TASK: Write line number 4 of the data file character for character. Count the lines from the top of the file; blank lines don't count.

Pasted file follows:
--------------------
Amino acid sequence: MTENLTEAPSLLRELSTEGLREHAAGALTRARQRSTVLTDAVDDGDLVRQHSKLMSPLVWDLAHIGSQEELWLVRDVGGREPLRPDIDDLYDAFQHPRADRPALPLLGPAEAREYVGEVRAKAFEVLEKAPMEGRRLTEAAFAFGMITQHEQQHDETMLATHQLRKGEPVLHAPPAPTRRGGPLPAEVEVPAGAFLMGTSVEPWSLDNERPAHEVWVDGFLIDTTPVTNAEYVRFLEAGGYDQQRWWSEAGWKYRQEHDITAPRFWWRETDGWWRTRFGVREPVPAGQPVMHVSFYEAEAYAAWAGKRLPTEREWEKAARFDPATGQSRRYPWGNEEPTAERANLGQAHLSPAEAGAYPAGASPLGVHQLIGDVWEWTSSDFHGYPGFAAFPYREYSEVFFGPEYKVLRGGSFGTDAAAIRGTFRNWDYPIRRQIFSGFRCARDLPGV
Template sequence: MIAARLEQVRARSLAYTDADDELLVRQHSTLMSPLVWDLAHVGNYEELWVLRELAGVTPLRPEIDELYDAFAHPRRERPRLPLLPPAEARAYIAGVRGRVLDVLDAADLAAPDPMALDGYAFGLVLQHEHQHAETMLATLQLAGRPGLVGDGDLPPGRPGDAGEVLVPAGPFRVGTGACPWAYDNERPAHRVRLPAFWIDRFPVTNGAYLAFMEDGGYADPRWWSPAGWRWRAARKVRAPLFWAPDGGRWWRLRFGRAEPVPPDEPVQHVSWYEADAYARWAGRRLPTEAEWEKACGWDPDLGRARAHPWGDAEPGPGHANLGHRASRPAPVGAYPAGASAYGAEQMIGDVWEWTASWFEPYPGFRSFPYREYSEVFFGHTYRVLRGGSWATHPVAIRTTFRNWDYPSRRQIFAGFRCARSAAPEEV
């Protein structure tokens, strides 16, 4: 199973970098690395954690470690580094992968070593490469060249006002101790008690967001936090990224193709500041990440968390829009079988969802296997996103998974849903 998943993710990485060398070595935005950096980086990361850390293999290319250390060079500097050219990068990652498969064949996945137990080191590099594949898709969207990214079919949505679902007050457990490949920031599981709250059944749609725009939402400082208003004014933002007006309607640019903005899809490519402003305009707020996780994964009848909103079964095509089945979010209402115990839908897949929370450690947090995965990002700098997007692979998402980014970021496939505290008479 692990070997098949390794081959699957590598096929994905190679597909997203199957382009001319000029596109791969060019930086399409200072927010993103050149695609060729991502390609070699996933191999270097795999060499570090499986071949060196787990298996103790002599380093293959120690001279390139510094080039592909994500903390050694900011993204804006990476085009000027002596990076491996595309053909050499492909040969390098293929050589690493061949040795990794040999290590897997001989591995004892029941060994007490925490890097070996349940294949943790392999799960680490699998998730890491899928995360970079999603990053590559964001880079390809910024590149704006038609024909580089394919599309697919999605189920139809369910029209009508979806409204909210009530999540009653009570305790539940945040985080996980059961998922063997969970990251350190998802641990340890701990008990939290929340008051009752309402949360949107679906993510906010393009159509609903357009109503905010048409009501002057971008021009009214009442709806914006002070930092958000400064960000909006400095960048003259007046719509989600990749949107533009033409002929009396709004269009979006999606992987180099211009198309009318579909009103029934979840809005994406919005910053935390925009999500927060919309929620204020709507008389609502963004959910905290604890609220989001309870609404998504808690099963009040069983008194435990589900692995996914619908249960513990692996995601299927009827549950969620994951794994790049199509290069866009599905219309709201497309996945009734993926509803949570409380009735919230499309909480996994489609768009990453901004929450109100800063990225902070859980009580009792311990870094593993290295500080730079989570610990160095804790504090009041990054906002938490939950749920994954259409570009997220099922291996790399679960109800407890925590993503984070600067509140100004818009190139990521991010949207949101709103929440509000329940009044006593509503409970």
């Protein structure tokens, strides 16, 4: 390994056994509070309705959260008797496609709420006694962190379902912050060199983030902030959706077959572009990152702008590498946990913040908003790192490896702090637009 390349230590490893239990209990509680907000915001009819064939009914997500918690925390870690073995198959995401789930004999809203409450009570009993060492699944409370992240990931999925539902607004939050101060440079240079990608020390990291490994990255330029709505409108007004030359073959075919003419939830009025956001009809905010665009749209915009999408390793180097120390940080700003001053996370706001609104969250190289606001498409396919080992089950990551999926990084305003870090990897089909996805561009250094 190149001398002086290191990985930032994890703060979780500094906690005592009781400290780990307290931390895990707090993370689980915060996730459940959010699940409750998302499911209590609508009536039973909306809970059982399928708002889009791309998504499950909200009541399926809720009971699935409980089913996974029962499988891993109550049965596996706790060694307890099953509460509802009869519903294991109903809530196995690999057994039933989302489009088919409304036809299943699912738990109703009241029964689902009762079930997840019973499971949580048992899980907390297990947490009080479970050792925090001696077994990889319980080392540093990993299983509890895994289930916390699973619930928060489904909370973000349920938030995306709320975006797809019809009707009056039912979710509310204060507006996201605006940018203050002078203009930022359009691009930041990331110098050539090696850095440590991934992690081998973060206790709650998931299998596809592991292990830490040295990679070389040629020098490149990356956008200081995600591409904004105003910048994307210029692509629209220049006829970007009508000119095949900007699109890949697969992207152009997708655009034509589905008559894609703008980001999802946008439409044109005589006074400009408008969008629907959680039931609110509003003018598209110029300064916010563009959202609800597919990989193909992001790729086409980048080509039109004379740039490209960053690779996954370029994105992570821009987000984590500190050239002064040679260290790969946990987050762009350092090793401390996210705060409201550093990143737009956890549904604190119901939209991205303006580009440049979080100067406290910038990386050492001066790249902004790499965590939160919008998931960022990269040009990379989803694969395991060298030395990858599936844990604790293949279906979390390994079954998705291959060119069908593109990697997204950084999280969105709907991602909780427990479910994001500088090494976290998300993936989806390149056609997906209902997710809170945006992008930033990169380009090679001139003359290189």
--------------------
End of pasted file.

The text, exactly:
């Protein structure tokens, strides 16, 4: 390994056994509070309705959260008797496609709420006694962190379902912050060199983030902030959706077959572009990152702008590498946990913040908003790192490896702090637009 390349230590490893239990209990509680907000915001009819064939009914997500918690925390870690073995198959995401789930004999809203409450009570009993060492699944409370992240990931999925539902607004939050101060440079240079990608020390990291490994990255330029709505409108007004030359073959075919003419939830009025956001009809905010665009749209915009999408390793180097120390940080700003001053996370706001609104969250190289606001498409396919080992089950990551999926990084305003870090990897089909996805561009250094 190149001398002086290191990985930032994890703060979780500094906690005592009781400290780990307290931390895990707090993370689980915060996730459940959010699940409750998302499911209590609508009536039973909306809970059982399928708002889009791309998504499950909200009541399926809720009971699935409980089913996974029962499988891993109550049965596996706790060694307890099953509460509802009869519903294991109903809530196995690999057994039933989302489009088919409304036809299943699912738990109703009241029964689902009762079930997840019973499971949580048992899980907390297990947490009080479970050792925090001696077994990889319980080392540093990993299983509890895994289930916390699973619930928060489904909370973000349920938030995306709320975006797809019809009707009056039912979710509310204060507006996201605006940018203050002078203009930022359009691009930041990331110098050539090696850095440590991934992690081998973060206790709650998931299998596809592991292990830490040295990679070389040629020098490149990356956008200081995600591409904004105003910048994307210029692509629209220049006829970007009508000119095949900007699109890949697969992207152009997708655009034509589905008559894609703008980001999802946008439409044109005589006074400009408008969008629907959680039931609110509003003018598209110029300064916010563009959202609800597919990989193909992001790729086409980048080509039109004379740039490209960053690779996954370029994105992570821009987000984590500190050239002064040679260290790969946990987050762009350092090793401390996210705060409201550093990143737009956890549904604190119901939209991205303006580009440049979080100067406290910038990386050492001066790249902004790499965590939160919008998931960022990269040009990379989803694969395991060298030395990858599936844990604790293949279906979390390994079954998705291959060119069908593109990697997204950084999280969105709907991602909780427990479910994001500088090494976290998300993936989806390149056609997906209902997710809170945006992008930033990169380009090679001139003359290189």